In tissues with lower metabolic needs (tendons, ligaments, etc.) There are fewer capillaries. (This is one of the reasons that sprained or torn tendons and ligaments heal slowly.)
Some tissues (cartilage, epidermis, visceral epithelia, cornea, lens) have no blood supply at all. (This helps explain why a paper cut does not bleed and why cartilage injuries do not heal.)
What is the primary function of capillaries? The primary function of capillaries is to permit the movement of nutrients and wastes between the blood and tissue cells via the interstitial fluid.
What anatomical features help them to accomplish this? First, since capillaries consist of only a simple squamous layer of epithelium and a basement membrane, a substance need pass through only a single layer to move from one fluid compartment to another.
Secondly, capillaries branch from arterioles, forming extensive networks (beds), allowing for greatly increased surface area for diffusion and filtration and thereby allowing for the rapid exchange of large quantities of materials.
What is a precapillary sphincter? At the origin of each capillary from an arteriole, there is a ring of smooth muscle called the precapillarysphincter that controls the flow of blood entering it. Sympathetic nerves innervate it. In this way, the nervous system can control blood flow through individual capillaries.
Describe vasomotion? Blood flows through capillaries in an intermittent fashion rather than continuously because of alternating contraction and relaxation of the precapillary sphincters. This process is called vasomotion. It occurs at a resting rate of 5 - 10 times/minute and can be made faster or slower, according to the needs of the tissue at any given moment.
Describe and give locations for each of the following types of capillaries. continuous -- Continuous capillaries have a continuous, uninter-
rupted endothelium with intercellular clefts found between adjacent cells. They are found in skeletal muscle, connective tissues, and the lungs.
fenestrated -- Fenestrated capillaries are the same as continuous,
except that the endothelial cells have 70 - 100 nm (10-9) fenestrae or pores in their plasma membranes. They are located in kidneys, small intestinal epithelium, and endocrine glands.
sinusoid-- Sinusoids have larger diameters, more tortuous routes,
large gaps separating cells, and a lining of cells adapted to the functions of the organ where they are found (phagocytic cells in liver and spleen, etc.)
5. Veins How are veins formed? When several capillaries unite, they form venules that collect their blood. Venules ultimately unite to form veins, which are composed again of the same three basic tunics as the arteries.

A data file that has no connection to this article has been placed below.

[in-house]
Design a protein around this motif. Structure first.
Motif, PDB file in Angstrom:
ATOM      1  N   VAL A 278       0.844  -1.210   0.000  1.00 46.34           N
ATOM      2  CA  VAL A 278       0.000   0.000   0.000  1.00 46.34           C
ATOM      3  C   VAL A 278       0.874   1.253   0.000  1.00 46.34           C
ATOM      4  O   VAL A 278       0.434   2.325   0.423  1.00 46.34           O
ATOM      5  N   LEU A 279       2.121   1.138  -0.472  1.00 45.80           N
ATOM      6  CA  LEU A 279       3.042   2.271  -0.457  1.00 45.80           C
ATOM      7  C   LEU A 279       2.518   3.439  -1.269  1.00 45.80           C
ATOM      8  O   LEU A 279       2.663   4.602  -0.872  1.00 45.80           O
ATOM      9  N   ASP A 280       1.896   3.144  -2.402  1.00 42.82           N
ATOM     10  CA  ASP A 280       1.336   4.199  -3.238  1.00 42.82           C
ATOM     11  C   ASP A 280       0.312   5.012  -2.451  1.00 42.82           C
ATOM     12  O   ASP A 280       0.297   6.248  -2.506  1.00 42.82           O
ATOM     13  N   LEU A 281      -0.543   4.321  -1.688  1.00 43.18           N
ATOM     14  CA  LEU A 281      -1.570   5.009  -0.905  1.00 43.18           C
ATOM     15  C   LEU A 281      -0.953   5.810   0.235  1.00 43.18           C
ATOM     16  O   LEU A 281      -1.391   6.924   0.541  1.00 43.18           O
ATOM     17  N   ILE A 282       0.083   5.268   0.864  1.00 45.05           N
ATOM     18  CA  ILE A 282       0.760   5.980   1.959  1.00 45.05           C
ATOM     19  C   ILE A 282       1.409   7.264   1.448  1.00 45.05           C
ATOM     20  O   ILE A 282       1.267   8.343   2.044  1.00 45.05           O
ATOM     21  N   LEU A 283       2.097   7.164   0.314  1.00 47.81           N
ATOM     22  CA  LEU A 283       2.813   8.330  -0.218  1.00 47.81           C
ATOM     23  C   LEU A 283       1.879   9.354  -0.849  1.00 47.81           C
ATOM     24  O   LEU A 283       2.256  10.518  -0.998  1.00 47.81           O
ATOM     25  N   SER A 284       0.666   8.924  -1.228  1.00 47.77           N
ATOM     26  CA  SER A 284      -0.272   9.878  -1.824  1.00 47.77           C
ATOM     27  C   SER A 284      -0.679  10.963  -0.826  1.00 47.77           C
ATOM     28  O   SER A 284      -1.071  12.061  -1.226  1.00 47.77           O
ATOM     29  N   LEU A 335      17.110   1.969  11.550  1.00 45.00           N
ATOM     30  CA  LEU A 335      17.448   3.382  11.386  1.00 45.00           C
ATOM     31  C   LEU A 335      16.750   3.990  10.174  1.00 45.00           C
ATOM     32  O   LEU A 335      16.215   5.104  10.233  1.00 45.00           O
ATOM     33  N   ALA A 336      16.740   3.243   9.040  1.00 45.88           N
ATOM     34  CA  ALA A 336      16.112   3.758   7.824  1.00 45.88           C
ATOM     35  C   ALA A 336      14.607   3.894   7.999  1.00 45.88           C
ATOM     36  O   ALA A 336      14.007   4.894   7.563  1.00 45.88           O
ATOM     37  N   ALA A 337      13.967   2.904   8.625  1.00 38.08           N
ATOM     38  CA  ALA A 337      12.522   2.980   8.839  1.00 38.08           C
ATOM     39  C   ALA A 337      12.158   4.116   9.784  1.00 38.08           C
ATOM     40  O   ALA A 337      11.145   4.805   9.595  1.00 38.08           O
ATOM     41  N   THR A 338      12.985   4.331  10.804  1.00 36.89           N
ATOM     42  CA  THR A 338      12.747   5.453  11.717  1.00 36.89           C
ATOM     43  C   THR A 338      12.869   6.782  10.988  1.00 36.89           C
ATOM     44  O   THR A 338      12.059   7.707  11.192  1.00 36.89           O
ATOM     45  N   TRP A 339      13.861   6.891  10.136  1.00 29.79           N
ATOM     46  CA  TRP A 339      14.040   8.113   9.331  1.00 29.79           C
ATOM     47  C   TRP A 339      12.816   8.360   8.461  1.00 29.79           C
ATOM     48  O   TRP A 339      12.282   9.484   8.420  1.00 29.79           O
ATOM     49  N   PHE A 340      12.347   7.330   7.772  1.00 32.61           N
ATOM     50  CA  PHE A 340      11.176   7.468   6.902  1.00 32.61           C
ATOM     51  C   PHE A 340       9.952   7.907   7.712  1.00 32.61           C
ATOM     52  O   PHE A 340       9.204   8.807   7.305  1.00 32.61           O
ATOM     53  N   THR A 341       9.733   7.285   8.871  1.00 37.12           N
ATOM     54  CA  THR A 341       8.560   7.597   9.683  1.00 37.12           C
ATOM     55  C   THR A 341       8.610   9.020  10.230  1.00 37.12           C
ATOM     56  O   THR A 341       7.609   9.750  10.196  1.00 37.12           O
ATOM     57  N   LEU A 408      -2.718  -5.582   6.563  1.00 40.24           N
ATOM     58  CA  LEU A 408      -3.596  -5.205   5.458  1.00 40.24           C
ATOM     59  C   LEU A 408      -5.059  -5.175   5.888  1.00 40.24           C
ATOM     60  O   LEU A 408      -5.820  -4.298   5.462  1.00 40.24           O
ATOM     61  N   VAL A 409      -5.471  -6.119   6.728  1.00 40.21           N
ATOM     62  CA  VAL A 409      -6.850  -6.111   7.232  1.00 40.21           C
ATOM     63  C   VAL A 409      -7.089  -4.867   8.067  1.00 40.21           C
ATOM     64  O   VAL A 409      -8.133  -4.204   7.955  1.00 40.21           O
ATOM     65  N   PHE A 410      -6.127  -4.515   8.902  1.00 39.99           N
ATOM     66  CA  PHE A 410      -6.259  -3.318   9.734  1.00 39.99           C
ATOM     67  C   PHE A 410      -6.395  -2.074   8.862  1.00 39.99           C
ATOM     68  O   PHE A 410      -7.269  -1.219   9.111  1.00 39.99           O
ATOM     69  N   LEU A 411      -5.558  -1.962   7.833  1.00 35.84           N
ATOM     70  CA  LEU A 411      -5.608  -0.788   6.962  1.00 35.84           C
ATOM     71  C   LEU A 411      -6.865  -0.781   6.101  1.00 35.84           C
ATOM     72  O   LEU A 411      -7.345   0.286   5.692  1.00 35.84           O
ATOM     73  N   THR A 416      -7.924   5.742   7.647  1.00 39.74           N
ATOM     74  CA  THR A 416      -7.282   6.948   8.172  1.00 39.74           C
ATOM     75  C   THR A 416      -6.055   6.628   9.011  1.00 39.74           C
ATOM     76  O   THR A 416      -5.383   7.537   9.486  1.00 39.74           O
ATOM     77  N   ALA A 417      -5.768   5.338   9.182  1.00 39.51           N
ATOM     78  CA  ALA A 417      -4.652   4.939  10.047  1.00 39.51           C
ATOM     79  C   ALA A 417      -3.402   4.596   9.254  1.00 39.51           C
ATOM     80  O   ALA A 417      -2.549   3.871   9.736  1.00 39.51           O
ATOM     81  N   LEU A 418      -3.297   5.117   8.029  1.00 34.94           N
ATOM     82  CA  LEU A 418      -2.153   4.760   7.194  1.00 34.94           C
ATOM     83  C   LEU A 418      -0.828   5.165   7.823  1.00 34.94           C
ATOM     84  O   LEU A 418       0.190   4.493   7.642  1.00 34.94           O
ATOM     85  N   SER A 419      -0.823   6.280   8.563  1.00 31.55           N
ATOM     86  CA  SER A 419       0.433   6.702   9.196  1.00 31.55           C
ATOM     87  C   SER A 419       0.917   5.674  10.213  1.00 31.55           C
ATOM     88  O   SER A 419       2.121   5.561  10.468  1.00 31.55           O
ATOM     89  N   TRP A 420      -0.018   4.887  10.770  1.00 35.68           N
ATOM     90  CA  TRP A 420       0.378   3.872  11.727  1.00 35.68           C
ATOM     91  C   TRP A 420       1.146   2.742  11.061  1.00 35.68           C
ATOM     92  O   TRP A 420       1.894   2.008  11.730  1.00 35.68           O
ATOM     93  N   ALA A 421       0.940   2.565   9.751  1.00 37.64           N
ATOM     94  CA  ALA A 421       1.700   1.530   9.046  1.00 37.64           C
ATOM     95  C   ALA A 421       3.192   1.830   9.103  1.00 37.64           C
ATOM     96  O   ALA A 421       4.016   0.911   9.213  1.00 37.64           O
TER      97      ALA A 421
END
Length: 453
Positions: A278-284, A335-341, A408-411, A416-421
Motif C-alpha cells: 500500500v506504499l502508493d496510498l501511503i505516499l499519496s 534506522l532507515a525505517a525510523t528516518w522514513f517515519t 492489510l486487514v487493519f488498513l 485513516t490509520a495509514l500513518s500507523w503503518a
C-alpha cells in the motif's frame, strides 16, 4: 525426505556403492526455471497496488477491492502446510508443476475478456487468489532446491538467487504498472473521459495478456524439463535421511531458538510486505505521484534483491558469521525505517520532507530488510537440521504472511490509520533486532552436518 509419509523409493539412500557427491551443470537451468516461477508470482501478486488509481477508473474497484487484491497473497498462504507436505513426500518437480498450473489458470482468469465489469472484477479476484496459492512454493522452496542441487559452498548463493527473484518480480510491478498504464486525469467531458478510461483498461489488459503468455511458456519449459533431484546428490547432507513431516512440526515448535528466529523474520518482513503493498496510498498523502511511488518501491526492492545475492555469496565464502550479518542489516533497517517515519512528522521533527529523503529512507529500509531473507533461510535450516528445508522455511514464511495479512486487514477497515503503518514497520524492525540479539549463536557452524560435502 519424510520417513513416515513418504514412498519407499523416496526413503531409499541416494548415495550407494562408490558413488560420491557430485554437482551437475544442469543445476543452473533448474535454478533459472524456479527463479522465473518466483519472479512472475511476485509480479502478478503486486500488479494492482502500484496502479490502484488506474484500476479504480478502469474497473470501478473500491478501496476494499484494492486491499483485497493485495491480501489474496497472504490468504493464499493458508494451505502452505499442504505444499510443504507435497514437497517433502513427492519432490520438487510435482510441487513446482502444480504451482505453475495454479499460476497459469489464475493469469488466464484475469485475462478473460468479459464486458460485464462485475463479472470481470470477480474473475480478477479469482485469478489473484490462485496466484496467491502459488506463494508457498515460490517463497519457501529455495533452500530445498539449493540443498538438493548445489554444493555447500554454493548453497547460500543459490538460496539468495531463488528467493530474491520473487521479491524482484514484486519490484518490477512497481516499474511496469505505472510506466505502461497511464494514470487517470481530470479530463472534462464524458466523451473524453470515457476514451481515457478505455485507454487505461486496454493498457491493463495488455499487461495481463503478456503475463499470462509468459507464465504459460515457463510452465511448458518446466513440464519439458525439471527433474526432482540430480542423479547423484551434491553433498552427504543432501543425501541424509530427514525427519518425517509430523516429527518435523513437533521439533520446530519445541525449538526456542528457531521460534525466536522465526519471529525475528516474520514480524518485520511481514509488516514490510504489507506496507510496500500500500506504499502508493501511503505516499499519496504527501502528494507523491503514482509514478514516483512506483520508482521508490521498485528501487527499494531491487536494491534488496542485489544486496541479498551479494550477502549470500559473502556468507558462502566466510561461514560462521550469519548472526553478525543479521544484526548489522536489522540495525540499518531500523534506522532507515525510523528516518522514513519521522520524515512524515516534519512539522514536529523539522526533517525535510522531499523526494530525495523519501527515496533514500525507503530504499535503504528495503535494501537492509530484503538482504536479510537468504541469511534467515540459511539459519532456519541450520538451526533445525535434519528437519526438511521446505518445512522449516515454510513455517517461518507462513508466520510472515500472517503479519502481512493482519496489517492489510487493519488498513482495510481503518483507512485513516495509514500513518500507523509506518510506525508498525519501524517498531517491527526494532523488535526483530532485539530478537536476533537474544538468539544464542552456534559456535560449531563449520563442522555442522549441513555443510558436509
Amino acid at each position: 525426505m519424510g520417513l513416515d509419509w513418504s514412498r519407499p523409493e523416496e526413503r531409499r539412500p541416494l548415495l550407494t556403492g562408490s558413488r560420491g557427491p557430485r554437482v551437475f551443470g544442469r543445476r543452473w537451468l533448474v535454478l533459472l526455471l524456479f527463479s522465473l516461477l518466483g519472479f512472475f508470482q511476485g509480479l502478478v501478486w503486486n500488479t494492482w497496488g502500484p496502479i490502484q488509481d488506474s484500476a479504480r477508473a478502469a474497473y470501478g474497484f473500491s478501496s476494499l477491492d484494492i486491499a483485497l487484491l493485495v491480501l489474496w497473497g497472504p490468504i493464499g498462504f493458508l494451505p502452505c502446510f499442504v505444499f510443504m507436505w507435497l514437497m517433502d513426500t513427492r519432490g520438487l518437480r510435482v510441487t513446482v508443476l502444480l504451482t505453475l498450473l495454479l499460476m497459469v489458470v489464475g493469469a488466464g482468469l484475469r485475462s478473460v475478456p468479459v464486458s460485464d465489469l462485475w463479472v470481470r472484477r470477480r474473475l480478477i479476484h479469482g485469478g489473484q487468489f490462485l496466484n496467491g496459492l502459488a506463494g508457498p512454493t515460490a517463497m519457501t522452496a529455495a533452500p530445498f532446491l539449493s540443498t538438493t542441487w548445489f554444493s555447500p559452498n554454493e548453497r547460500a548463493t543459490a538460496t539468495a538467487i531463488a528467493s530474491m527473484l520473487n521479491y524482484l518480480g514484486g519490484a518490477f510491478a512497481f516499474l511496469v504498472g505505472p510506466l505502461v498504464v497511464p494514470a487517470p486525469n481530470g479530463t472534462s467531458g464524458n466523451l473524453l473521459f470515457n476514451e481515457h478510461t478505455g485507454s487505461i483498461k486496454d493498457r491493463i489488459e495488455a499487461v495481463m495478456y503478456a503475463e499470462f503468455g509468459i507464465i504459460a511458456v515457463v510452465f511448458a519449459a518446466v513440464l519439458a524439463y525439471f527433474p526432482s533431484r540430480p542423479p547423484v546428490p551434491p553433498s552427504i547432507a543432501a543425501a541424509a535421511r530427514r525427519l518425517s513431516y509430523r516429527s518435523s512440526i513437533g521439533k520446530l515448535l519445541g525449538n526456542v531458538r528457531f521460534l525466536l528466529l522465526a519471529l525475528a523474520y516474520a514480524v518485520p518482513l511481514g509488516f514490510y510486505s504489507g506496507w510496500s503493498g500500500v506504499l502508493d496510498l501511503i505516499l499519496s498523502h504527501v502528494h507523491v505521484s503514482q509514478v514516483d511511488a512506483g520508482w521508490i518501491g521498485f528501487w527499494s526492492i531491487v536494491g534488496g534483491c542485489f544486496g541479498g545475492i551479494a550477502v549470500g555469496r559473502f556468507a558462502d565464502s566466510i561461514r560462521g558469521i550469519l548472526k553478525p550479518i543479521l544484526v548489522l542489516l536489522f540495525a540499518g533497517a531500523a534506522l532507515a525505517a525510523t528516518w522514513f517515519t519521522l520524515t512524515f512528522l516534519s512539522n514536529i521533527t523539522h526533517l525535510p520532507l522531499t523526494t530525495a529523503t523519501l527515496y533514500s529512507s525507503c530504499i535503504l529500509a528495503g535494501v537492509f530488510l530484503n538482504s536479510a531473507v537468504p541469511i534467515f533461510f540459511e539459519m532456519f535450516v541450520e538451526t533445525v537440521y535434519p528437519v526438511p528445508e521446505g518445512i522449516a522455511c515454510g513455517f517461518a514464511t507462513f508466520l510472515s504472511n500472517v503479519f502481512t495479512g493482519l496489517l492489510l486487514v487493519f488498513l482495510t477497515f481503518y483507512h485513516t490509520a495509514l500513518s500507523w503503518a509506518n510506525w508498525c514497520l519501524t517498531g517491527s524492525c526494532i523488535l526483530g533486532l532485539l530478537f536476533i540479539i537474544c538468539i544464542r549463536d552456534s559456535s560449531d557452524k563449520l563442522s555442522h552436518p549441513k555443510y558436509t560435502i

List 3 differences between a vein and its companion artery. The primary differences are, when compared to the companion
1. The lumen is larger.
2. The tunica media is thinner, and
3. The tunica externa is thicker.
What does this structure allow? The structure of veins allows them to be very distensible and capable of accommodating a large volume of blood, again based on the body’s need at the moment. This makes the venous system an important bloodreservoir.
Why do veins have valves? Because blood pressure has dropped greatly in the venous tree, veins are equipped with semilunar valves, particularly in the lower extremities. These valves prevent backflow of blood and keep it moving toward the heart.
6. Blood distribution What are blood reservoirs? At any given time, blood of the body is distributed in different proportions to the different areas. At rest, about 60% of total blood volume is located in the veins. Because veins contain so much blood at rest, they are known as bloodreservoirs, storage depots for blood that can be rapidly moved to the heart for redistribution throughout the circulation.
How are they used in normal physiology? For example, as muscular activity increases, there is increased sympathetic stimulation to veins. This results in vasoconstriction, reducing the volume of blood they hold and redirecting it back to the heart for redistribution to the muscles, whose arteries are vasodilated. The principal blood reservoirs are the veins of the liver, spleen, and skin.
B. Capillary exchange
1. Diffusion Blood flow is slowest in the capillaries for 2 reasons. Name them. 1. greatest cross-sectional area of the vascular tree
2. greatest total length of the vascular tree and therefore the
greatest resistance to flow
What is the function of blood capillaries? The 5% of blood that is in the capillary beds at any one time is the only blood that exchanges materials with interstitial fluid.
Name the 3 basic ways nutrients, wastes, gases, etc. move between the plasma and the interstitial fluid. diffusion, vesicular transport, and bulk flow
What is the most important method of capillary exchange of solutes? simple diffusion
Name the types of solutes that can cross the capillary membrane (endothelium) and how they move? All plasma solutes (oxygen, carbon dioxide, glucose, amino acids, ions, hormones, wastes, etc.) freely pass the endothelium by following their concentration gradient.
Name the types of solutes that cannot cross the capillary membrane (endothelium). Why not? Proteins, particularly plasma proteins, are too large to cross the endothelium.
2. Vesicular transport Describe vesicular transport. Vesicular transport is responsible for a small quantity of materials that pass through the capillary membrane. Some large substances in plasma are taken up by capillary endothelial cells by endocytosis (active transport processes), and then passed into the interstitial fluid by exocytosis (secretion).
This type of transport across capillaries is important mainly for what? This method is used primarily for large, lipid-insoluble molecules like antibodies. For example, movement of antibodies from maternal blood to fetal blood crosses the placenta by vesicular transport.
3. Bulk flow (filtration and reabsorption) What is bulk flow? Bulk flow is the mechanism whereby regulation of the relative volumes of blood and interstitial fluid occurs. It is a passive process that involves the movement of large numbers of ions, molecules, or particles in the same direction.